D0TheMath

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Ways to be more agenty?

Yeah, so you wouldn't say something like "I want to run", or "I should get some exercise". You would say "If I go for a run, then I will likely feel refreshed and would increase the probability that my overall health increases over the long-run. Possibly causing me to live longer, and certainly increasing my future life-satisfaction. At the cost of moderate exhaustion in the near-term." then you compare the result which that action would cause to the results which alternative actions cause, choose the most favorable world-state, and perform the action which causes that world state to occur.

Ways to be more agenty?

One take-away I really liked about The Replacing Guilt Sequence was the idea that---instead of choosing between actions, you should think about the world-state that each action results in, then choose which of those world-states that you like more. But that's just me, and your mind probably reacts a bit differently.

For the situation in which you find yourself---in which you don't really know what you want to do. You just want to do something, I'd recommend the lessons from this post from the sequence.

It seems to me that the listless guilt usually stems from not doing anything in particular. I'm not sure how to remove that feeling of guilt in people who aren't doing anything in particular. But if they shift the guilt to being guilty about not doing one thing in particular, then I have some tools that might help.

Uninformed Elevation of Trust

The Sequences are great, except in my area of expertise, where they are terrible

Can I get an example of a section of The Sequences where someone with the relevant area of expertise would say that that it's terrible?

I don't want to listen, because I will believe you

A good example of who we should strive to be like is Julia Galef, on her podcast Rationally Speaking. Here, she'll read several books about the topics to be discussed, then talk with her interviewees, keeping the epistemic bar very high. Asking about predictions their hypotheses have made in the past, unnecessary complexities which don't seem justified, and generally applying high-quality Bayesian rationality to the points given. Neither shying away from disagreement like I would, nor talking to people with niche ideas for the sake of talking to people with niche ideas like Joe Rogan would.

I don't want to listen, because I will believe you

This advice could be beneficial to a theoretical person who felt the need to talk & hear the points given by everyone they disagreed with, about every point of disagreement, and slightly less extreme versions of this person. I’m thinking about people like Joe Rogan here, who listen to everyone, and seemingly put very little effort into making sure the arguments given by such people are valid.

I, on the other hand, am very averse to discussing fundamental disagreements or reading about why I may be wrong. Such aversion makes it difficult for me to tell when the person I’m talking to is right about a particular topic, and makes me underestimate the benefits of knowing about their position. So I don’t think this advice—that is, the advice about not talking to people you disagree with—is helpful for me, or people like me. Many of the recommendations listed like turning off background info dumps, having an add blocker, and (to a lesser extent, admittedly) staying away from political discussions I do instinctively & automatically.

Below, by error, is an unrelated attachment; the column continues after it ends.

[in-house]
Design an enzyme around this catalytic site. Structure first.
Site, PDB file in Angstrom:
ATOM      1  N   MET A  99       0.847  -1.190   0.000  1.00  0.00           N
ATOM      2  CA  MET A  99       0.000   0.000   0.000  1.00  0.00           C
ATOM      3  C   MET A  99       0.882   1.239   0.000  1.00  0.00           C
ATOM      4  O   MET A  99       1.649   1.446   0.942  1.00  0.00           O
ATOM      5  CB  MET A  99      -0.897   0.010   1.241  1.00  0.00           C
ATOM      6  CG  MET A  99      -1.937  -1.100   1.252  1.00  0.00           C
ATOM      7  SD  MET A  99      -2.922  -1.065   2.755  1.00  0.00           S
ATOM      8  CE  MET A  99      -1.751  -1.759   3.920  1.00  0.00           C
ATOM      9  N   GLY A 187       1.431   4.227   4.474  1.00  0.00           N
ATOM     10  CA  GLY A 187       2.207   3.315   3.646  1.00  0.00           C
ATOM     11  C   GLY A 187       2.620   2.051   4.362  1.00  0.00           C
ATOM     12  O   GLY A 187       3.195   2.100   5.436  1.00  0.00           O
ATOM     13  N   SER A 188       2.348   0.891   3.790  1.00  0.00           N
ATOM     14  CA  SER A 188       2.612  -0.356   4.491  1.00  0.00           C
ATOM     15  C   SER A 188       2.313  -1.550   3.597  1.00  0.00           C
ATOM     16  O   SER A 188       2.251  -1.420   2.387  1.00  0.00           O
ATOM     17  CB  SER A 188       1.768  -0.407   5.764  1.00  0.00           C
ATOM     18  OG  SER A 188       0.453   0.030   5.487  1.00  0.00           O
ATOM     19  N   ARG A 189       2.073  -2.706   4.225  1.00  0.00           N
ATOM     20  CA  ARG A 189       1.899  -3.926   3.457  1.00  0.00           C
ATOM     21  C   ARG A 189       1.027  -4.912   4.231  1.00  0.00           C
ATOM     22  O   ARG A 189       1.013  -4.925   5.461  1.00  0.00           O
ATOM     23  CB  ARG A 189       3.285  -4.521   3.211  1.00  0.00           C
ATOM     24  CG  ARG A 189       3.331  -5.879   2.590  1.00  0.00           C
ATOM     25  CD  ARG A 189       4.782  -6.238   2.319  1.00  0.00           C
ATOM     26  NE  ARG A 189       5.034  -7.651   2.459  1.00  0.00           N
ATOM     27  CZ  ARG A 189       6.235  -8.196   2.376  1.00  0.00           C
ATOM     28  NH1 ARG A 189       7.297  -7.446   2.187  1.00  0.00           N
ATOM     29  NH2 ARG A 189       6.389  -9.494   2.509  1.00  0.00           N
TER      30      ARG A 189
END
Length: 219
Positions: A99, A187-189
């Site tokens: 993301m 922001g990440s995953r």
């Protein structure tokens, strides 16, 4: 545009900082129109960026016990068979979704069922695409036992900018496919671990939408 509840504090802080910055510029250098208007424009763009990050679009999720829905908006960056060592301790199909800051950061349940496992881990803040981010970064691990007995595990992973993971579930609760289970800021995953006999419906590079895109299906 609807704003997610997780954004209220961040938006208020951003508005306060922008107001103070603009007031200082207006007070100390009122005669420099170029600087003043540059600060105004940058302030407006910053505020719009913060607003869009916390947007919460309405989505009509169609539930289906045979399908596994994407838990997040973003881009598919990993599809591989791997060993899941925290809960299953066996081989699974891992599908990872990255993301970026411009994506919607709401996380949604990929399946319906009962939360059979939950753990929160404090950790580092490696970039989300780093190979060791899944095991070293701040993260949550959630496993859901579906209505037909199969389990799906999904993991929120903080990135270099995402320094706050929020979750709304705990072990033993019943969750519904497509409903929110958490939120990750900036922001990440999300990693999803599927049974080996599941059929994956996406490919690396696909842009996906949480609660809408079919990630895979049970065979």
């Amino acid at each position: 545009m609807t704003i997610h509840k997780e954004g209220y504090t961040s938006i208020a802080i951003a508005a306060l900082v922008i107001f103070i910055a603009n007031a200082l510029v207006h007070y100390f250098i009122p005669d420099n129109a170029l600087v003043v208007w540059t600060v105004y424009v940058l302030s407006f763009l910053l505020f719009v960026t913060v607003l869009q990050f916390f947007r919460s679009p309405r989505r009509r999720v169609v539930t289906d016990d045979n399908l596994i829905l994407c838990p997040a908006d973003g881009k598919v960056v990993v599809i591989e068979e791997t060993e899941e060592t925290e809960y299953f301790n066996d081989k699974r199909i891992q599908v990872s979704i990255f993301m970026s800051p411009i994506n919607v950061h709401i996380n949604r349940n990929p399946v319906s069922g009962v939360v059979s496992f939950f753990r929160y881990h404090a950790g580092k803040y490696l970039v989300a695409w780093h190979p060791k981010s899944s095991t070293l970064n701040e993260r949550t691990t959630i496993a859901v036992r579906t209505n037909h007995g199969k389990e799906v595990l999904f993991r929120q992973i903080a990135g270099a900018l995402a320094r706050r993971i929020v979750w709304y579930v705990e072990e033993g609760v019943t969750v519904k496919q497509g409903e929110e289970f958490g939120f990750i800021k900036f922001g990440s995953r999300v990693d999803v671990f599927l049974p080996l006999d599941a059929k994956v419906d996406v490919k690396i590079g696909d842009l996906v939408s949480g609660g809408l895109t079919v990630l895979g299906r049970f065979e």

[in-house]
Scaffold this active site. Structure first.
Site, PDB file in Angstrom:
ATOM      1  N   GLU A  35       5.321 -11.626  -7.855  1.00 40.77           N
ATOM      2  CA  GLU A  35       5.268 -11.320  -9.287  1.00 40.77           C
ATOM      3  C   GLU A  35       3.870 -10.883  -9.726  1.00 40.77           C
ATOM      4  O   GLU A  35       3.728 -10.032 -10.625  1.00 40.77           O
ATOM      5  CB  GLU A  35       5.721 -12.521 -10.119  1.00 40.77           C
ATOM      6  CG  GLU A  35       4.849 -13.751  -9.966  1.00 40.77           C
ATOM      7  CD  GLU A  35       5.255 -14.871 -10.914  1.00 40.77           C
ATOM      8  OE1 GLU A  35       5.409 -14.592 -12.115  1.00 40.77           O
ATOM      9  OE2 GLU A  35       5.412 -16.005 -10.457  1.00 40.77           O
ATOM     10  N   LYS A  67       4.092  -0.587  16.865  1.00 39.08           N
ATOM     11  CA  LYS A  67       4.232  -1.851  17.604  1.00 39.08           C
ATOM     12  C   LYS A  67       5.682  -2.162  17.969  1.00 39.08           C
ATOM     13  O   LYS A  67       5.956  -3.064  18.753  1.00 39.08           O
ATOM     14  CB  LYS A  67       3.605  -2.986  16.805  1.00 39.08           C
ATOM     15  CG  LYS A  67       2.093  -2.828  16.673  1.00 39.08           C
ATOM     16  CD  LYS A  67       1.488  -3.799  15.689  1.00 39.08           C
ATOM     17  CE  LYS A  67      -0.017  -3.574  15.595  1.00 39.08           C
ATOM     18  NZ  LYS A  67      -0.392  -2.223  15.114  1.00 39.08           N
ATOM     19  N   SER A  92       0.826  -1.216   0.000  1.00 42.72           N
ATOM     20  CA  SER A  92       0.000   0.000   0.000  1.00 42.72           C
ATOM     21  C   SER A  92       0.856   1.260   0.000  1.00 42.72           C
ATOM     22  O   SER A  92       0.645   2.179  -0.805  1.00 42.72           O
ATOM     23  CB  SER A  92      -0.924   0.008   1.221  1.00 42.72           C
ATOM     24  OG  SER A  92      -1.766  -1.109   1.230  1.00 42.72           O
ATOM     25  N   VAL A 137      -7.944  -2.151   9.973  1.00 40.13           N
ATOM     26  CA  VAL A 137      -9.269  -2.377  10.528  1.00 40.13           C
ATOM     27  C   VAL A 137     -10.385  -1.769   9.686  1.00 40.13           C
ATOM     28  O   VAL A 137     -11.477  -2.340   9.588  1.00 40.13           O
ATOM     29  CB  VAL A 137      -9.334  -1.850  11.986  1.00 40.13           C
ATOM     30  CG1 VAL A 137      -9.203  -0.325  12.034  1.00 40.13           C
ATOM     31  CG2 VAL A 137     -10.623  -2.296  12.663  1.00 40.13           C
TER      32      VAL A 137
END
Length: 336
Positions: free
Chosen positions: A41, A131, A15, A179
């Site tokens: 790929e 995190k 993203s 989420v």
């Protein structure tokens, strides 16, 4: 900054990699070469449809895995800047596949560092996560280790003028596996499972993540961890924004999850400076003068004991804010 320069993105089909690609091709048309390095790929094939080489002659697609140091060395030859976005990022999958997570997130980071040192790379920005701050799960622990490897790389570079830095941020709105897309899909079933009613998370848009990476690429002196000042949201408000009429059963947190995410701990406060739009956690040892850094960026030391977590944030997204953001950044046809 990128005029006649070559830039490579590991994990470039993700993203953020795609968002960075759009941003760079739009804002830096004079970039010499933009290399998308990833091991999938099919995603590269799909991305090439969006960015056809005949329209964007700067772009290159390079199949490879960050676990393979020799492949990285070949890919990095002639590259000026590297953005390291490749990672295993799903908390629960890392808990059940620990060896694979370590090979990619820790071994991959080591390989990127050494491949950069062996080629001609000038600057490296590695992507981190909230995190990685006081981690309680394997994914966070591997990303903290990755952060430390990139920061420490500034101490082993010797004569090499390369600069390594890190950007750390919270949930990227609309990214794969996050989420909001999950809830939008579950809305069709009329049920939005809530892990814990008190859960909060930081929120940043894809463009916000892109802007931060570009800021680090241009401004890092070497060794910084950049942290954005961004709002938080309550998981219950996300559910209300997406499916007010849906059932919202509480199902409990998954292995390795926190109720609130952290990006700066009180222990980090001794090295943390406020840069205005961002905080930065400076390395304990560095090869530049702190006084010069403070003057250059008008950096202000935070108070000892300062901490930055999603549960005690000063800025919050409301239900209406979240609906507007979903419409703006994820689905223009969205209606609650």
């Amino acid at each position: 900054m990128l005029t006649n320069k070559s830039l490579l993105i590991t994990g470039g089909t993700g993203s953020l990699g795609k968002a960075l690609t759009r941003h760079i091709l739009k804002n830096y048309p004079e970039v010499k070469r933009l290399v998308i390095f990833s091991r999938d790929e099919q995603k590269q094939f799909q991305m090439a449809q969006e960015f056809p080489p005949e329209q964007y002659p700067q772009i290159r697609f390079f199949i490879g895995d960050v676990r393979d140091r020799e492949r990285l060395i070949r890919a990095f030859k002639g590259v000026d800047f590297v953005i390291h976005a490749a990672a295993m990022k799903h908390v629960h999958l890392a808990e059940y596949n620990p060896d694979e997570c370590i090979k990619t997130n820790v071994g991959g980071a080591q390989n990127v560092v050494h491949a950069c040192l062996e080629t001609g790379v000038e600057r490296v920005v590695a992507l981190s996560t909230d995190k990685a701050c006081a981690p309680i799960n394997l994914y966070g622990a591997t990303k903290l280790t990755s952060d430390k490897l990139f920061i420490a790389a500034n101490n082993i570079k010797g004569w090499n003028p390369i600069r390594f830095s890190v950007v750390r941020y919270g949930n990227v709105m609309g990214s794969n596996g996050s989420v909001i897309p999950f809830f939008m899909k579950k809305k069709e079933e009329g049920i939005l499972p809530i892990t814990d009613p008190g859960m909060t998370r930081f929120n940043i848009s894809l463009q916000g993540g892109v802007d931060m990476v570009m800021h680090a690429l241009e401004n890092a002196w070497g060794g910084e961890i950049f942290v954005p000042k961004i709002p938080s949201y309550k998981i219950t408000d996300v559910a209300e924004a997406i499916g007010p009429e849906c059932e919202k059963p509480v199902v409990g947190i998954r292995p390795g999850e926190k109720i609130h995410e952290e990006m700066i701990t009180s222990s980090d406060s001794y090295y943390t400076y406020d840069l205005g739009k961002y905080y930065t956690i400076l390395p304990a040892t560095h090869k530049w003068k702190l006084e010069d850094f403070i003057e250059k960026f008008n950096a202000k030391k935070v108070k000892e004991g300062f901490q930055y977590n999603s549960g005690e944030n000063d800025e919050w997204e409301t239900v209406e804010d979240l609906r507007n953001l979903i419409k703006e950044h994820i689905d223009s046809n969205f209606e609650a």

The Good Try Rule

This is symbolic experimentation, and it's worse than doing nothing at all. I can feel as though I've explored many ways to optimize my life, when in fact I've been accumulating failed attempts to change my habits. The anecdotal opinions I gather from these experiences are worse than sheer ignorance. They're a bunch of fish stories.

Now that you mention it, this is definitely a problem, at least for me. The times I've tried something, but haven't given it a "good try" versus the times I've actually followed through with that thing seem to be weighted too similarly than they should. It's good to distinguish between these two types of exploration.

A corollary for this realization, assuming this bias is common in the population, is that you should probably ask others how long they tried doing something they're recommending you do or don't do.

I'm skeptical about how effective "good tries" can be as a substitute for lock ins and creating habits. There's something to be said about having a pre-defined exit-condition & goal state you're attempting to reach though. In combination with TAPs, peer pressure, and monetary lock-in (using something like Beeminder, or a friend taking collateral and then destroying it if you don't follow through) the addition of a "good try" rule as an evaluation metric of how much you should update as a result of your experiments is probably a good idea.

Great minds might not think alike

I’ve been vaguely grasping at this concept—that I give too little credence to people who think differently from me—and this was a great crystallization.

Hermione Granger and Newcomb's Paradox

Typo:

If you open the transparent envelope then one pound will be deducted from you your Muggle bank account and the opaque envelope will have contained nothing. If you never open the transparent

Final Version Perfected: An Underused Execution Algorithm

This algorithm seems like it can be generalized for any human decision algorithm. For instance, I'm usually pretty indecisive while trying to order food, but I'd bet that implementing this algorithm would speed up my decision making immensely, while guaranteeing I'd be selecting the best option available.

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